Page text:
• Contributed to and implemented Strategic Plan and created first Sales and Marketing Plan as part of Executive Management Team
• Managed customer relationships and trained and managed internal customer service
• Negotiated and maintained sales contracts, including estimating and pricing
• Added profitable new business divisions in Contract Manufacturing and Importing
• Achieved first government contract for U.S. Air Forc at $9M as sole source mandatory purchase with AbilityOne
• Developed and launched company's first interactive website:

ASC-Automatic Service Company, Edinburg/Lynchburg VA, Jan 1992 – Jun 2001
Divisional Company Manager, 1995-2001: Managed multi-million dollar Food Service Operation, including events, location development and design, sales/marketing, budget/forecast, personnel, purchasing, financials, cash handling; and directed staff of 90 employees and supervisors in over 50 client locations.
Virginia Sales and Marketing Manager, 1992 – 1995: Operated as sales, marketing and customer service force of one. Created and implemented sales plans, goals and objectives and designed all Business and Industrial (B&I) employee Food Services.
• Increased sales by $.5M in first year
• Added $2.0M in second year, more than doubling Edinburg Division’s size
• Created all collateral marketing materials, print and direct mail

Grubbs Chevrolet, Inc. (, Woodstock VA, Dec 1985 – Jan 1992
Sales and Marketing Manager: Developed first marketing calendar and budget, utilizing Chevrolet co-op available, emphasizing the family-ownership brand.
• Researched, established and operated first Rental/Leasing Department
• Researched, created and implemented first Credit & Collection Policies and Procedures
• Graduated Chevrolet’s Professional Sales School, earning recognition as #1 Sales Specialist

• B.S. cum laude – Dept. of Home Economics – Merchandising and Marketing (now School of Business); Minor – Business Administration, James Madison University (, Harrisonburg VA

• Tidewater Community College CED Certificate – Navigating Business with the Federal Government, Virginia Beach VA,
• General Services Administration (GSA) Expo Certificate-Selling to the Federal Government, Advertising and Integrated Marketing Solutions with GSA/Federal Supply Service
• NISH Business Development Certificate and JWOD University Graduate (Now AbilityOne)

• MS Office Power User-Access, Excel, Word, PowerPoint, Publisher, industry-specific software, Adobe Creative Suite, HTML, web-publishing, xTuple Enterprise Resource Planning (ERP) and Corporate/Customer Relationship Management (CRM) software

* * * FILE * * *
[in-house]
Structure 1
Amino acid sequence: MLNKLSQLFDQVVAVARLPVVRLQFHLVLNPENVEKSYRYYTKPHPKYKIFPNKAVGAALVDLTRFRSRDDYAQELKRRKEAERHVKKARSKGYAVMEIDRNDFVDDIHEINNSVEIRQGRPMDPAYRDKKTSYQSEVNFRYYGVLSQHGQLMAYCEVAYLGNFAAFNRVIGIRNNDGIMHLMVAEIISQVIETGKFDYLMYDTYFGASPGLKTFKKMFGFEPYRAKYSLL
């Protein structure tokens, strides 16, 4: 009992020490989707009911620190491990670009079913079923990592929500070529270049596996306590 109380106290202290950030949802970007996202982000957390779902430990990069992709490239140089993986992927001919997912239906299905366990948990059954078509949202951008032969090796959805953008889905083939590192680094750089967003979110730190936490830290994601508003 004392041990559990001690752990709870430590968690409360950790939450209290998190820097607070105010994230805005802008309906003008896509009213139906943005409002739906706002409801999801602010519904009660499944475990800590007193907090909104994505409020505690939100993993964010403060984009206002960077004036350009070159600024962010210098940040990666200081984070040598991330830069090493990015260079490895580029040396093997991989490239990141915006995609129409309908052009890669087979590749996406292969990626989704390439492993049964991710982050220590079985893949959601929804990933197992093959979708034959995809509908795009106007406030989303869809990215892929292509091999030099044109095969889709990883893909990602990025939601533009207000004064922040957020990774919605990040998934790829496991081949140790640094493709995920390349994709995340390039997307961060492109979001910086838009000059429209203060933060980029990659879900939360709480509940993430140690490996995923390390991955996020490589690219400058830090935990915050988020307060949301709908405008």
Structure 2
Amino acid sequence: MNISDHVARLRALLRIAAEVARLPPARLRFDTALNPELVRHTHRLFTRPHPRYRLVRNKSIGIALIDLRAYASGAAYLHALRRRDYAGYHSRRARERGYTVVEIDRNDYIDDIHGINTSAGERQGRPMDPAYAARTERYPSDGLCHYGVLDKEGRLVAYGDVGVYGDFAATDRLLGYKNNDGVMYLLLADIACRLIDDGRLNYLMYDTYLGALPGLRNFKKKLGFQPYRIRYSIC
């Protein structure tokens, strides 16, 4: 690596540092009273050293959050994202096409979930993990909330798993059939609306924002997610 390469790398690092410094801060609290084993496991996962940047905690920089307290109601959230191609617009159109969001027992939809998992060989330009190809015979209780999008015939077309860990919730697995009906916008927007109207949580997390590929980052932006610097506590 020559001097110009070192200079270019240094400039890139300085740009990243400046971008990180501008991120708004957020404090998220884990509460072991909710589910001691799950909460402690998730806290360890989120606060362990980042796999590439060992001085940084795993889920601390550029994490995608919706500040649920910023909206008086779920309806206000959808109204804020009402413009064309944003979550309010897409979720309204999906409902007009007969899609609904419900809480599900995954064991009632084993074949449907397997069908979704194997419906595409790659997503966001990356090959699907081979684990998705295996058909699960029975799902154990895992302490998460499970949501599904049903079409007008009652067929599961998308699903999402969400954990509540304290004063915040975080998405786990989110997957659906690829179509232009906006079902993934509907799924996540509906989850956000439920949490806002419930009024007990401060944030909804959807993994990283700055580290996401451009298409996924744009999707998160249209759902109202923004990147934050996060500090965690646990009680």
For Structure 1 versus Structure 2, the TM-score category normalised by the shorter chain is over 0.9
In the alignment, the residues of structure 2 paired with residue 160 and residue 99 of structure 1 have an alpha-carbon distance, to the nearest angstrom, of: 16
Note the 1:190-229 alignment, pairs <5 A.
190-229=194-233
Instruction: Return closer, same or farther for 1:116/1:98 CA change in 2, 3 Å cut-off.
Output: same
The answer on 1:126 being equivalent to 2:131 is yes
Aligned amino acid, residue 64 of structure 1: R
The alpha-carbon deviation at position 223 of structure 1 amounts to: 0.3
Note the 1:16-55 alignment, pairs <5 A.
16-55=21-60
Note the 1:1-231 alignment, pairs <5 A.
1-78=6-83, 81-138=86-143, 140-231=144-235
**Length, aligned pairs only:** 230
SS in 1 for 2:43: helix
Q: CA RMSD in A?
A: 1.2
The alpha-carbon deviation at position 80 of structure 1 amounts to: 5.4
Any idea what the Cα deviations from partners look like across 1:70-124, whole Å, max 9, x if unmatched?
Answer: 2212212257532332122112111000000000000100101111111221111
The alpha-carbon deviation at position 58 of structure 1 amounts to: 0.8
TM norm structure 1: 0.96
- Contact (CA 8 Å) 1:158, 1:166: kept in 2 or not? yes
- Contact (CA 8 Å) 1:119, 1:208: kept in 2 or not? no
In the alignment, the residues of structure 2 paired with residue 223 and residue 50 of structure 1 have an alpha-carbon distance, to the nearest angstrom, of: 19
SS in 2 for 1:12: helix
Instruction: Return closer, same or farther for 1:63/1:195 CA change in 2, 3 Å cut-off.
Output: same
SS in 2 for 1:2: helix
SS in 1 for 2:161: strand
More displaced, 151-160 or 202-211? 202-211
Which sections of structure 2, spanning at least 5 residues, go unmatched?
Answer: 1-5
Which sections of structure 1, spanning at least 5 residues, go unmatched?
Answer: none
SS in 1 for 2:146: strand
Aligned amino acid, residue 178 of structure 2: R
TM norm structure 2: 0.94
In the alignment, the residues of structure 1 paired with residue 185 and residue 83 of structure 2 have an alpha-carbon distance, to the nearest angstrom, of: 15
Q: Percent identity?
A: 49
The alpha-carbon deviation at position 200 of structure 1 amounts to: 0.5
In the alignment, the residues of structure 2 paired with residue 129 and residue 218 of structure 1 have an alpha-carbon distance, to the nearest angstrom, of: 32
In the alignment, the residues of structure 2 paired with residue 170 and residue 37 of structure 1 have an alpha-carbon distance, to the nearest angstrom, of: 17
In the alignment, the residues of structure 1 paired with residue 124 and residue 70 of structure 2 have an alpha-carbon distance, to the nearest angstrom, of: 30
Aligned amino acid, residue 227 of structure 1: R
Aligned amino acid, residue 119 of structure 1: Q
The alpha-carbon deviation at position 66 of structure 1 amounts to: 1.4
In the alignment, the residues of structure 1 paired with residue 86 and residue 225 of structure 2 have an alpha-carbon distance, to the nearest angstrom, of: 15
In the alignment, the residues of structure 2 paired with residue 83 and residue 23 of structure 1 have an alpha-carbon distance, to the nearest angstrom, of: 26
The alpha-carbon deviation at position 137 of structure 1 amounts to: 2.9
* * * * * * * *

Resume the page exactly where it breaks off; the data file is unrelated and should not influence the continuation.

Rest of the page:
NOTE-confidential and proprietary materials, such as solicitations and proposals, are not archived or available for review.

• Startup Marketing or How to Market Your Venture with Little to No Money - HatchConf 2012
• American Planning Association (Virginia Chapter) Annual Conference – "Placemaking: Building a Regional Community of Communities," 2010 • Opportunity, Inc. Board of Directors – "Vision Hampton Roads, Comprehensive Economic Development Strategy," 2010
• Various city and county governments in Hampton Roads – "Presentation of the Hampton Roads Partnership Annual Impact," 2009
• Tidewater Community College’s Academy of Nonprofit Excellence – “Discovering and Navigating Niche Markets, Resources for the Nonprofit Marketer,” 2008
• Virginia Association of Community Rehabilitation Programs (vaACCSES) – “Building Brand Loyalty from the Inside Out – Creating Ambassadors Within Your Organization,” 2006
• American Society of Association Executives (ASAE) Marketing & Membership Conference – “Creating Passion is an Inside Job — The Why and How of Building a Great Staff Culture for Your Organization’s Success,” 2006
• Small Business Development Center – “Direct Mail and Me or Mailing: By the Numbers: Direct Mail 101," 2005

• 2007 NISH National Community Outreach Award for creative use of print materials, press releases, and other media to educate the community
• 2007 USPS Professional Certificates–Nonprofit Mail and Targeted Mail Marketing
• Numerous Employee of the Month Awards

• American Advertising Federation's Hampton Roads VA Chapter, past
• American Marketing Association’s Hampton Roads VA Chapter, past VP-Marketing/current member
• ASAE, American Society of Association Executives, past Vendor Member
• Downtown Norfolk Council, board member
• DMAW, Direct Marketing Association of Washington, past